Where did you graduate and with what degrees? Brescia University in Owensboro KY (BA Psychology), Trinity Washington University (MA School Counseling.)

Where were you before NEW and what were you doing? Housing UP (They assist homeless families through Rapid Rehousing, Transitional and Permanent Supportive Housing.)

Where did you grow up? I grew up in Jamaica until I was 17. I move to America on a soccer scholarship to Owensboro KY.

Why did you want to get into this type of work? I’ve always had a passion to help others. After undergrad I went on a few interviews in this field and once I landed a job with metropolitan educational solutions helping homeless families, I knew this was what I wanted to do for the rest of my life.

What drew you to NEW? The fact that NEW serves women. My mom was a single parent so I’ve always wanted to help women because of that. I saw how hard she had to work without any support and I wanted to give back in any way I can to help other women who might be struggling.

What do you hope to do here? My hope is to assist as many women as possible to get their own place and careers that will propel them into self-sufficiency and overall success.

So far, what has been your favorite thing about working here? Interacting with the women as well as sharing my experiences and growth with them in a way that motivates them to do more to change their lives/ situation.

What is the best part of your job? The teaching aspect of the job. It allows to me lead and support my staff and the clients. I absolutely love supporting the people around me.

What do you do in your free time? In my spare time I coach soccer and I play in an adult league. I’m a forward for my team which means I get to score goals and make assists. I’m also a big gamer so I play online (FIFA/NBA2K) to unwind from a hard day’s work.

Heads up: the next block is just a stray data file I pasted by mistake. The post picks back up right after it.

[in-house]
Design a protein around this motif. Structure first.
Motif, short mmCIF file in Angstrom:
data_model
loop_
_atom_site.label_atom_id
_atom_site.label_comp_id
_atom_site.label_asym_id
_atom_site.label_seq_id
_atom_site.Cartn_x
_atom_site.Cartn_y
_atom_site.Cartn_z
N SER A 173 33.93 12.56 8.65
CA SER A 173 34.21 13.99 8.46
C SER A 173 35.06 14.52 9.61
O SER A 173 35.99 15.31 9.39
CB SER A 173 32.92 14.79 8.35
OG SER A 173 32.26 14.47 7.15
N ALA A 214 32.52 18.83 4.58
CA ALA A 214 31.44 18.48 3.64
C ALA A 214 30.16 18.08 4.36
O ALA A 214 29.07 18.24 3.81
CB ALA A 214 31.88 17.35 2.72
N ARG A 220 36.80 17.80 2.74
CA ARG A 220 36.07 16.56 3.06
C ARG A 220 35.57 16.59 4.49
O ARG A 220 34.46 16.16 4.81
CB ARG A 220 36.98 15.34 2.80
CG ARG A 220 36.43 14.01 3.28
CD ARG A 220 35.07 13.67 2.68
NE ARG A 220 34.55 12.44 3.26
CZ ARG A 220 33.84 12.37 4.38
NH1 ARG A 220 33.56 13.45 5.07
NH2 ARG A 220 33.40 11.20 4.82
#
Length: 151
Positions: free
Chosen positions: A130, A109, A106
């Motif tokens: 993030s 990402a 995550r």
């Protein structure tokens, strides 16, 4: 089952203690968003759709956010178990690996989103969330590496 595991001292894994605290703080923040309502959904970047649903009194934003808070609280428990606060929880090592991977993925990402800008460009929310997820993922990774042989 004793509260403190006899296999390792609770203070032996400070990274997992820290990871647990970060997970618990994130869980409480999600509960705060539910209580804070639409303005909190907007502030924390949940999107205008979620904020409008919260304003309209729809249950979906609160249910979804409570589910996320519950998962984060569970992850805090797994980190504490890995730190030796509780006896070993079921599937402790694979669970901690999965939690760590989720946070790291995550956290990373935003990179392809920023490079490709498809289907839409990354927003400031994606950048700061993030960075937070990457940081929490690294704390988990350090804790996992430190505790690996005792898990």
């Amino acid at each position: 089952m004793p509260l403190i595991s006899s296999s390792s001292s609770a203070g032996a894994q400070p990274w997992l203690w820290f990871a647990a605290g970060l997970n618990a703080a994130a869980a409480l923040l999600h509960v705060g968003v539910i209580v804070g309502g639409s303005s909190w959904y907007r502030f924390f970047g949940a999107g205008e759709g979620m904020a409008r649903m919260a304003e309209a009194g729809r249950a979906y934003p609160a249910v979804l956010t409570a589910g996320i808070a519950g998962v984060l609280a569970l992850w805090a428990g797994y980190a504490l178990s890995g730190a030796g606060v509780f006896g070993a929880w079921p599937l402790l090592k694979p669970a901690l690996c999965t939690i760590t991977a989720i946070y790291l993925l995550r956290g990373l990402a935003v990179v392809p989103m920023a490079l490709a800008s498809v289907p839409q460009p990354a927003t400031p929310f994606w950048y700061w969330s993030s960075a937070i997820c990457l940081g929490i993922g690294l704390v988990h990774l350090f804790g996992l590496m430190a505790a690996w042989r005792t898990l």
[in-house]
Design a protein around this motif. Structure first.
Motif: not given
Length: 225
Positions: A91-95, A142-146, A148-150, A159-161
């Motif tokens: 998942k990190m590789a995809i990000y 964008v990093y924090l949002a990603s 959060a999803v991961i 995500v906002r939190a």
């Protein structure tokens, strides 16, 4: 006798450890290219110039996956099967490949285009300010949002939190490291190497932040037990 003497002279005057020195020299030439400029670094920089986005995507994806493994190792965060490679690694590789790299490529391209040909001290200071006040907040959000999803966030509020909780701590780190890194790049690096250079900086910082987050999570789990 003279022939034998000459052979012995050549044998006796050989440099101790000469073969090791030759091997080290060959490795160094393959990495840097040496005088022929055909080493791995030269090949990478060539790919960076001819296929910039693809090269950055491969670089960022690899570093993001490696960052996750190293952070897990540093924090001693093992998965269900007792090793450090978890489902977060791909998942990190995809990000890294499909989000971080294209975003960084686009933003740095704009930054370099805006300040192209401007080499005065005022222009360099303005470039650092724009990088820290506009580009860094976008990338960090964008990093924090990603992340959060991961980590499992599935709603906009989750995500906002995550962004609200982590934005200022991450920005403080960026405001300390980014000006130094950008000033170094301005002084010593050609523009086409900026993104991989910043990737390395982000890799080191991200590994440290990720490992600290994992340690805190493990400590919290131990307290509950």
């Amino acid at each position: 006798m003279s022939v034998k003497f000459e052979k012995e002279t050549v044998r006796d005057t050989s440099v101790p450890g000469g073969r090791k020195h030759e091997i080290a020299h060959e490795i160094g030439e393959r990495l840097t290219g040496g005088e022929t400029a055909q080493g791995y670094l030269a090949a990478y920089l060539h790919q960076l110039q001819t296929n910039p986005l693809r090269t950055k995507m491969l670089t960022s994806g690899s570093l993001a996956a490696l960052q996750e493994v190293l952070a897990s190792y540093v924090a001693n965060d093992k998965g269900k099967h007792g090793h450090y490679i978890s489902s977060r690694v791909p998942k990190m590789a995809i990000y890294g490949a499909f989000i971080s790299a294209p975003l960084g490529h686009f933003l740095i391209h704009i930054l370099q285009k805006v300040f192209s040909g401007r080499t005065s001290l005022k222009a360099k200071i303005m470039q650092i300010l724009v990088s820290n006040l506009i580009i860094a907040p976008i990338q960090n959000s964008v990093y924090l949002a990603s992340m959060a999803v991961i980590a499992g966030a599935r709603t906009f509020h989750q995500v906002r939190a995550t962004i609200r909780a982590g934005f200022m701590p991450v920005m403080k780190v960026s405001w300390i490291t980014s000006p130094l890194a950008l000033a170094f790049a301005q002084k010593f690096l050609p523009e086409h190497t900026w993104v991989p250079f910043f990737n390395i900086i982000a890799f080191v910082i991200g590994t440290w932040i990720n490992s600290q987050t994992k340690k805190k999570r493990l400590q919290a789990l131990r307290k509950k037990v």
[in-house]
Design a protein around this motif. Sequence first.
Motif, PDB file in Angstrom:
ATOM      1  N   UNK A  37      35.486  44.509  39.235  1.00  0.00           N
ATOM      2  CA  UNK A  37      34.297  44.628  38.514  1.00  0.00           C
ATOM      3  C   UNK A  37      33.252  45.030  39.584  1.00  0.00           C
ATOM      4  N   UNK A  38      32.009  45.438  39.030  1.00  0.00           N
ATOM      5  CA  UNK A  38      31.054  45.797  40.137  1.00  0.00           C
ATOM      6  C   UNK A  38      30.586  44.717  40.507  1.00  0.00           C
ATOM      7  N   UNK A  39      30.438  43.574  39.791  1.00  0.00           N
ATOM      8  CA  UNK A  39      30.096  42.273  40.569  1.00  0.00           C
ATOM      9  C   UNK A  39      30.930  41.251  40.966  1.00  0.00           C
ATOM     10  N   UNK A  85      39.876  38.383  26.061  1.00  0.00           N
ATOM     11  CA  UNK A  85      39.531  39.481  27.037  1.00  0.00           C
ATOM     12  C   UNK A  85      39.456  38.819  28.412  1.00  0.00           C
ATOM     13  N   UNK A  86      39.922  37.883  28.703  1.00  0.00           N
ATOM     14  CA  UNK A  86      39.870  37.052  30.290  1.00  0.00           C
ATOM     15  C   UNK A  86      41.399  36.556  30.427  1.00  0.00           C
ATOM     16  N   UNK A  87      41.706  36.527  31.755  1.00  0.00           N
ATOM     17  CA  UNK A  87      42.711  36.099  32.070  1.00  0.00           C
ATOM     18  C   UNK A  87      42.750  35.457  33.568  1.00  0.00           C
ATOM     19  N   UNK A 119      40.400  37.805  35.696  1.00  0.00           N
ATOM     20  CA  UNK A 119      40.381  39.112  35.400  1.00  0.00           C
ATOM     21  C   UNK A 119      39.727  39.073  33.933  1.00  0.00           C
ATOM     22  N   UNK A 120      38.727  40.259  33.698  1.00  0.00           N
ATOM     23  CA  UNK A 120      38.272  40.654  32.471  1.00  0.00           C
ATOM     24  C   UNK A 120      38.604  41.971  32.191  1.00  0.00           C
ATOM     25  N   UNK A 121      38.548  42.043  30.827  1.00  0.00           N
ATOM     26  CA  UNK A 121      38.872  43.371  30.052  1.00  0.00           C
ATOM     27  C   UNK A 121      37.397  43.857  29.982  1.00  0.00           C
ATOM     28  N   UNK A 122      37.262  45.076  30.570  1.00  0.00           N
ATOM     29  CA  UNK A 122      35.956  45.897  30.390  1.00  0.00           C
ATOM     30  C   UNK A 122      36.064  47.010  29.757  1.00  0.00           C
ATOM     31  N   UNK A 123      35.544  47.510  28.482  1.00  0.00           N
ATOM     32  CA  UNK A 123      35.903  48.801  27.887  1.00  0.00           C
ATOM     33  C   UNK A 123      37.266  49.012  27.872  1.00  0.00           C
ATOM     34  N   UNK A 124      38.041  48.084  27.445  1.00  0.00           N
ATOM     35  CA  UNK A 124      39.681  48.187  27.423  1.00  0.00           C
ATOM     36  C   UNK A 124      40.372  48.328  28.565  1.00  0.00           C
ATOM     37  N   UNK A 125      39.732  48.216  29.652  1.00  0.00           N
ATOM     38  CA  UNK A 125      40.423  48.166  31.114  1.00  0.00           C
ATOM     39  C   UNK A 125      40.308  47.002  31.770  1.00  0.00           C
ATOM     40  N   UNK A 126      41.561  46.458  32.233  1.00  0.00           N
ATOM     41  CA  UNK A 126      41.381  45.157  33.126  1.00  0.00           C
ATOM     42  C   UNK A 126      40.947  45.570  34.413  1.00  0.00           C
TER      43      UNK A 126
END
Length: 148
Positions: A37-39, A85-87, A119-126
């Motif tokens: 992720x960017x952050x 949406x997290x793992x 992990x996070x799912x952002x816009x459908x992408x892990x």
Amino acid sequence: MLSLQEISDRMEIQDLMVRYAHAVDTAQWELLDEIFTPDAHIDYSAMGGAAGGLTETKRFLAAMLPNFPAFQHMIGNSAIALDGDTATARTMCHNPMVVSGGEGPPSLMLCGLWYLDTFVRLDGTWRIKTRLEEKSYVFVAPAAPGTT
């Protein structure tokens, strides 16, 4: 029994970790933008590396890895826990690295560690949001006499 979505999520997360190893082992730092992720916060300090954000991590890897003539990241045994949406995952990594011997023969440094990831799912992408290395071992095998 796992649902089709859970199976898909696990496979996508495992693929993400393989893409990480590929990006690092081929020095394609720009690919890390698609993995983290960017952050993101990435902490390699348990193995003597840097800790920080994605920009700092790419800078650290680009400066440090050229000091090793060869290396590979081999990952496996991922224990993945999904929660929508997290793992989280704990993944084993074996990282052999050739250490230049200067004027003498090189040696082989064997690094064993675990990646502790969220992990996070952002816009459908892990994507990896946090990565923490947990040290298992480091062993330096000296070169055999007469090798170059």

New Journeys Anniversary

New Journeys Anniversary

This year marks five years since we started serving senior women in New Journeys permanent-supportive housing program, which assists six women at a time in achieving stability and housing.

“We noticed that we were getting more seniors coming through our transitional program so we talked about using one cluster (six rooms) at our 611 N Street location for seniors due to the growing need,” said Executive Director Wanda Steptoe.

The reason for this uptick of homeless seniors, Wanda speculated, is that the services these women needed years ago didn’t exist so some of them have ended up spending decades on the street. “Now with more city programming, the hope is that we are reaching people in need earlier,” Wanda said.

Since opening New Journeys, we have served dozens of women in need of permanent-supportive housing and services. Women like Mary who worked for the Democratic National Committee for 25 years before she got sick and needed open-heart surgery. “I lost everything,” she said. She couldn’t pay her bills and ended up on the street. “I was scared to death,” she said.